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TRAVEL
October 18, 2010 | By Dan Blackburn, Special to the Los Angeles Times
WHERE TO STAY Bishop Creek Lodge , 2100 S. Lake Road, Bishop; (760) 873-4484, http://www.bishopcreekresort.com . Cabins $125-$315 a night. A longtime favorite stopping place for Sierra visitors. Whispering Pines Motel, 18 Nevada St., June Lake; (800) 648-7762, http://www.junelake.com . In the heart of the fall color in the June Lake loop, with an excellent waterfall across the way. Rooms from $89 a night Murphey's Motel, 51493 U.S. Highway 395, Lee Vining; (760)
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CALIFORNIA | LOCAL
April 12, 2014 | By Bettina Boxall
Bighorn sheep are skilled mountain climbers. But one group recently made it over the Sierra Nevada crest in record time. As part of an ongoing effort to return endangered Sierra Nevada bighorns to more of their historical range, state and federal wildlife workers captured 14 of the animals in the Inyo National Forest and transported them by helicopter to the Big Arroyo area of Sequoia National Park on the range's west side. The four rams and 10 ewes, all but one of which was pregnant, were moved in late March to a part of the Sierra that bighorns have not occupied for more than a century.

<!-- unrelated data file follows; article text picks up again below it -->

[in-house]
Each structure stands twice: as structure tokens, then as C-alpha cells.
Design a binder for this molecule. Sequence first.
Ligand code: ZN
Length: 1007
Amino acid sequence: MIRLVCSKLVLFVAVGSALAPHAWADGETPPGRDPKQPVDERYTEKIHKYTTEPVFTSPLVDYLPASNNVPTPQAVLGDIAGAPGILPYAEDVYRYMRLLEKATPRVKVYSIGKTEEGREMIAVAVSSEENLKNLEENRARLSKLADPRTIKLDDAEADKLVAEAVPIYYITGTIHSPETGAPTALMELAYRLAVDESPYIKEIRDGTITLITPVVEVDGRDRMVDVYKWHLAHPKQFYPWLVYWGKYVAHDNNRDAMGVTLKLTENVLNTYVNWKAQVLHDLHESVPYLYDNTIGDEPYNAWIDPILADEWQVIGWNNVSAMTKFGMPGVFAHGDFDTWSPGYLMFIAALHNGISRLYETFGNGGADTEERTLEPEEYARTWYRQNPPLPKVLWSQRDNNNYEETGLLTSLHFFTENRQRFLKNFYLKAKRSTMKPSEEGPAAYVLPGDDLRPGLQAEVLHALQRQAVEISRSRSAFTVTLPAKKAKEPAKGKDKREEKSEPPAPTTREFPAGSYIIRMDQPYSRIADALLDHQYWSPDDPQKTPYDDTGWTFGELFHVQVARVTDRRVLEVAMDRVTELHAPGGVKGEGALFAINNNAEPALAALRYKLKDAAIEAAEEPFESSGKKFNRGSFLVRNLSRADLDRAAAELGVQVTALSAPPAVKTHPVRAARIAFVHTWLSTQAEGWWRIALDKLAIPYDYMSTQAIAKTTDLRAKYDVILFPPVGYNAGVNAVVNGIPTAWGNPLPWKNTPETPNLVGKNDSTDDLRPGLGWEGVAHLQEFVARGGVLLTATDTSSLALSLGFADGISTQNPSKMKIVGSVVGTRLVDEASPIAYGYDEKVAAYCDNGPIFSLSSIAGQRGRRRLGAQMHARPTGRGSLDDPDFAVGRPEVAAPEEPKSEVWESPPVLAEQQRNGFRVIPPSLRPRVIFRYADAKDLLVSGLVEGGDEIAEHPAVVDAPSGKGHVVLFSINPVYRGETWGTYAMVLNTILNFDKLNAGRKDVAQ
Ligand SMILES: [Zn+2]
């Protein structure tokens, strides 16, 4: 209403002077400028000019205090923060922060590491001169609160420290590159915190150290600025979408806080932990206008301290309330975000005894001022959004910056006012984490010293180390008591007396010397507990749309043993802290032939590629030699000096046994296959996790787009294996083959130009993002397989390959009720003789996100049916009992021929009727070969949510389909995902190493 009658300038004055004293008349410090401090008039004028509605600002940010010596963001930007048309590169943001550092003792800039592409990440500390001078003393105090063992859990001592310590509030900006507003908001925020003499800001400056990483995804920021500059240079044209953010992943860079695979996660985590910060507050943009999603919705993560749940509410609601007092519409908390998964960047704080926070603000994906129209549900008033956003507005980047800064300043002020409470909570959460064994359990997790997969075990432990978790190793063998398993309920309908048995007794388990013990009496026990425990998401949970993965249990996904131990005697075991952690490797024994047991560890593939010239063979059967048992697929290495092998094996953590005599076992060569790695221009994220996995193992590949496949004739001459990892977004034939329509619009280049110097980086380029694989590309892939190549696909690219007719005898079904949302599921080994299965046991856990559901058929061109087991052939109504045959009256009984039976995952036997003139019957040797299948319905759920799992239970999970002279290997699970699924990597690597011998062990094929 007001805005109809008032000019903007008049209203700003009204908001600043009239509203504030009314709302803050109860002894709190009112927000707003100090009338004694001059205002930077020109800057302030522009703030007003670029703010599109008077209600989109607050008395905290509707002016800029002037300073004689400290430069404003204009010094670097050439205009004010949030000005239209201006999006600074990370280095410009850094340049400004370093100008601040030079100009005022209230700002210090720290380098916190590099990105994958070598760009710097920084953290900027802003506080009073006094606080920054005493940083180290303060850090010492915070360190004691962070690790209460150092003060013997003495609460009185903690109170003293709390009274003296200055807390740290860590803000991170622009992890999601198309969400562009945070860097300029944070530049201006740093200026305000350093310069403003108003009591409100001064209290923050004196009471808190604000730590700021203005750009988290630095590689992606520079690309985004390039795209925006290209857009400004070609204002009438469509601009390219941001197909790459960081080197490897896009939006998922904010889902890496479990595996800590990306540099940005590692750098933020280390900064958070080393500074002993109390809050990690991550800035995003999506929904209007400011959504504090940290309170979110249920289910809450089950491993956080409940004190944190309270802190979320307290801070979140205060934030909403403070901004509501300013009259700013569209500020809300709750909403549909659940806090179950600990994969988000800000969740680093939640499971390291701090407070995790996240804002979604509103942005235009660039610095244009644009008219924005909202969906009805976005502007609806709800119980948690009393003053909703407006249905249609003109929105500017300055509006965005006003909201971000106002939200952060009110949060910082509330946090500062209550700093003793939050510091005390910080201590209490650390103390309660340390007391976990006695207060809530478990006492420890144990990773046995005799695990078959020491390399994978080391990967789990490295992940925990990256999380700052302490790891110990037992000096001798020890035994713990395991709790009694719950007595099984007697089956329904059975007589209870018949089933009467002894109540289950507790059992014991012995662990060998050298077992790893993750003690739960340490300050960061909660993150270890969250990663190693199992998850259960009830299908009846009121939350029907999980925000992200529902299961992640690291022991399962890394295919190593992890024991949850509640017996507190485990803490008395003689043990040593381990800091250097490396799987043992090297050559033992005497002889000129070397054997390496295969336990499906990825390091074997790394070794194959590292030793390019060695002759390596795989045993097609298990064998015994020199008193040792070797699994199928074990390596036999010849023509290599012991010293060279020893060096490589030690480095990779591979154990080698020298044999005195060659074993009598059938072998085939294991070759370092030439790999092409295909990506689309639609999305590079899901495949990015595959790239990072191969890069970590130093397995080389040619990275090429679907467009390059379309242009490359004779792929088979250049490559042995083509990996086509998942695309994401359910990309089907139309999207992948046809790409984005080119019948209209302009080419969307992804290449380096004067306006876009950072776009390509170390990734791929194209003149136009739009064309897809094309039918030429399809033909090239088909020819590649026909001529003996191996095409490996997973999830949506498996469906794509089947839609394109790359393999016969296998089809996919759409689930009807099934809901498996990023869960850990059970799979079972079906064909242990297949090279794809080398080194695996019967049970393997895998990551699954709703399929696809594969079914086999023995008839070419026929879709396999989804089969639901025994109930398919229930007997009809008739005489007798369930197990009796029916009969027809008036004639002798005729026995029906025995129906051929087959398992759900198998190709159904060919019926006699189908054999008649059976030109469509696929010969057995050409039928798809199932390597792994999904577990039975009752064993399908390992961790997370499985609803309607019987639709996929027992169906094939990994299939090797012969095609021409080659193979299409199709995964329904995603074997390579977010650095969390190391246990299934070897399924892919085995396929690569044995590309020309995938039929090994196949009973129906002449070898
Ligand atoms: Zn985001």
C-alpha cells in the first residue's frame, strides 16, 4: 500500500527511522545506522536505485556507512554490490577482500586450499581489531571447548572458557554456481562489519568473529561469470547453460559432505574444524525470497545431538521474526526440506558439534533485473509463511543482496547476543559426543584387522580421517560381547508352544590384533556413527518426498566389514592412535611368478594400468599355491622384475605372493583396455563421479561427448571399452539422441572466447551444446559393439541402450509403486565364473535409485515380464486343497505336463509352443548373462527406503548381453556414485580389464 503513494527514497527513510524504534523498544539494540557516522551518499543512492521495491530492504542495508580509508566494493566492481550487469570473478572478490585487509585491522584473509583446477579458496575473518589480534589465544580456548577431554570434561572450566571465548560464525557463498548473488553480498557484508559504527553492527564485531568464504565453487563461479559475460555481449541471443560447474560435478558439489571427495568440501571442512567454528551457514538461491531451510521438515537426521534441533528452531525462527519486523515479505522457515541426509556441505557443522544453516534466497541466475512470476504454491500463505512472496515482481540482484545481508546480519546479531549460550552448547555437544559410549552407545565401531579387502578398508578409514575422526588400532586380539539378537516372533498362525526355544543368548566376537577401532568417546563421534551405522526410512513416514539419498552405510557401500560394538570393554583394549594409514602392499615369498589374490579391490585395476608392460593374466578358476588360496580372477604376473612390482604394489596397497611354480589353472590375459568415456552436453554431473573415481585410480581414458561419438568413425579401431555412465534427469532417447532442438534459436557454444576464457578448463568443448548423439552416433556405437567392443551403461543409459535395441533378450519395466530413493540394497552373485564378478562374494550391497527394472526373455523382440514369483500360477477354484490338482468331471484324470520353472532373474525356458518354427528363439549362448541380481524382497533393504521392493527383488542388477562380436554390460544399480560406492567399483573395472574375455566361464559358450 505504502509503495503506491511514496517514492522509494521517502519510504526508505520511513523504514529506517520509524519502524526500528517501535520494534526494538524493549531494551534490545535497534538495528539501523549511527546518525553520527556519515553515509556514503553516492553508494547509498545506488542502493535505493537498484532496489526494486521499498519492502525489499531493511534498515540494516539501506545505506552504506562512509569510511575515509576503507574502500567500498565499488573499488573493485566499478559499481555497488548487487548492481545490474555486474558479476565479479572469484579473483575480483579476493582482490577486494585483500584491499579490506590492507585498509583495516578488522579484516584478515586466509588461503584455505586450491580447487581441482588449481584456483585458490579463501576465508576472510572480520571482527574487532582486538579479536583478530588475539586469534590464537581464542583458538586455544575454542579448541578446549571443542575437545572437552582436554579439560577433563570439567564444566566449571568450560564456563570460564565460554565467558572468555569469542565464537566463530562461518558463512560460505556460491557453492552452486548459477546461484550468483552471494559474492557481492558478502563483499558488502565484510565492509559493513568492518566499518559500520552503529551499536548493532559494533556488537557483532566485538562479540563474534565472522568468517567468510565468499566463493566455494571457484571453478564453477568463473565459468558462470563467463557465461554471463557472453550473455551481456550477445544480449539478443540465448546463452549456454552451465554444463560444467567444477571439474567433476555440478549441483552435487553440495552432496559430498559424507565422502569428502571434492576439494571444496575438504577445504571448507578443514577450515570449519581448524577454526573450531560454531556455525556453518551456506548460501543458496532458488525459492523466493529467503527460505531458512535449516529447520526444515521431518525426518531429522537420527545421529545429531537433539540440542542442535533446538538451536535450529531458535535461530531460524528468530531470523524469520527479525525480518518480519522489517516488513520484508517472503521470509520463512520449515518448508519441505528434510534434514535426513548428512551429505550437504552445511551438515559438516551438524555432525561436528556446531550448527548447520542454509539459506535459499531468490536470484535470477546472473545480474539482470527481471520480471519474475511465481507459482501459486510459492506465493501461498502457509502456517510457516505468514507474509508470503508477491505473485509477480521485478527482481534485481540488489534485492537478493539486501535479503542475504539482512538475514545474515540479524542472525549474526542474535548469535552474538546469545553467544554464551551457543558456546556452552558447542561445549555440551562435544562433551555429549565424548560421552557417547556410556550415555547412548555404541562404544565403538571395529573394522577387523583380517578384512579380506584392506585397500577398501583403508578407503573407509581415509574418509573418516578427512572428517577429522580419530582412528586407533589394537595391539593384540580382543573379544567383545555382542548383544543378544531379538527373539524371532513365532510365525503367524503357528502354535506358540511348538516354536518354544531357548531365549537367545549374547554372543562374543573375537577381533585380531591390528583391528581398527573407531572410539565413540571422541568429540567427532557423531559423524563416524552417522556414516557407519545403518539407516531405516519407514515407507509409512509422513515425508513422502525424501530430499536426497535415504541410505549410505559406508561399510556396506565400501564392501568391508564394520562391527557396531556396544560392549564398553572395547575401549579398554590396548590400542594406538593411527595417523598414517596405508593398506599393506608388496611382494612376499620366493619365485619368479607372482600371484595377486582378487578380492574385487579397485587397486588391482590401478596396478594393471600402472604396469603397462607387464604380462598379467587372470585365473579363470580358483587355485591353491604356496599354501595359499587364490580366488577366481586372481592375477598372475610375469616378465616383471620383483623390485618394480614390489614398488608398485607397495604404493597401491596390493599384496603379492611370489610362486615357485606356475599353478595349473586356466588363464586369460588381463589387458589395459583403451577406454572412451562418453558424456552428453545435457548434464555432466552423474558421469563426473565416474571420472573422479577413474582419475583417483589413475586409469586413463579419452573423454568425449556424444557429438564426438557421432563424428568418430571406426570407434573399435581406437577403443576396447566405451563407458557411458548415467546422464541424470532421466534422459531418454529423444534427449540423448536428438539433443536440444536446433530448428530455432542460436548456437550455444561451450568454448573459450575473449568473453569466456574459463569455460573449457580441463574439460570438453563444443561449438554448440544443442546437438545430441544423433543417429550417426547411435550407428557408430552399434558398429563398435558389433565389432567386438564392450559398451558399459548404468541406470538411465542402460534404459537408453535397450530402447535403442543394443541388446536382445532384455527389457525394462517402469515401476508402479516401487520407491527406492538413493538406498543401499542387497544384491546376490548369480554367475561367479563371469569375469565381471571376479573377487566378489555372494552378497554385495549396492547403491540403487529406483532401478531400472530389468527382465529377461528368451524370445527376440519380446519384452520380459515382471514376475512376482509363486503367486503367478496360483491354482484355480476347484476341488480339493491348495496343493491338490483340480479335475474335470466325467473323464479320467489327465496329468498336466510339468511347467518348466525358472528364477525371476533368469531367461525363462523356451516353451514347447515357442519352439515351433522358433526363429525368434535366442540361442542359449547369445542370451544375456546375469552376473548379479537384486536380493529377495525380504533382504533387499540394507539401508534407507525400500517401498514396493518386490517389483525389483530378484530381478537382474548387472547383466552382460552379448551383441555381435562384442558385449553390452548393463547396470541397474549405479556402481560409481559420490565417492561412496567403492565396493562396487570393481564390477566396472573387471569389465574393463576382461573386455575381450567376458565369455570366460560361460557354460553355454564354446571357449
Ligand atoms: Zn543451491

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NEWS
September 8, 2011 | By Julie Sheer, Los Angeles Times Staff Writer
Backpackers in the Eastern Sierra got a late start this summer, thanks to last winter's huge snowpack. Early-season hikers encountered snow-covered mountain passes and dicey-to-impossible creek crossings. Forest officials are still urging caution when crossing backcountry streams, which are running higher than normal. But the snow runoff is past its peak, leaving the upper elevations mostly snow-free and teeming with wildflowers and hungry trout - along with mosquitoes. A late August backpack in the John Muir Wilderness to spectacular Pioneer Basin took us up and over 12,000-foot Mono Pass, from the appropriately named Mosquito Flat trailhead near Rock Creek , an 1,800-foot elevation gain.
SCIENCE
April 10, 2014 | By Bettina Boxall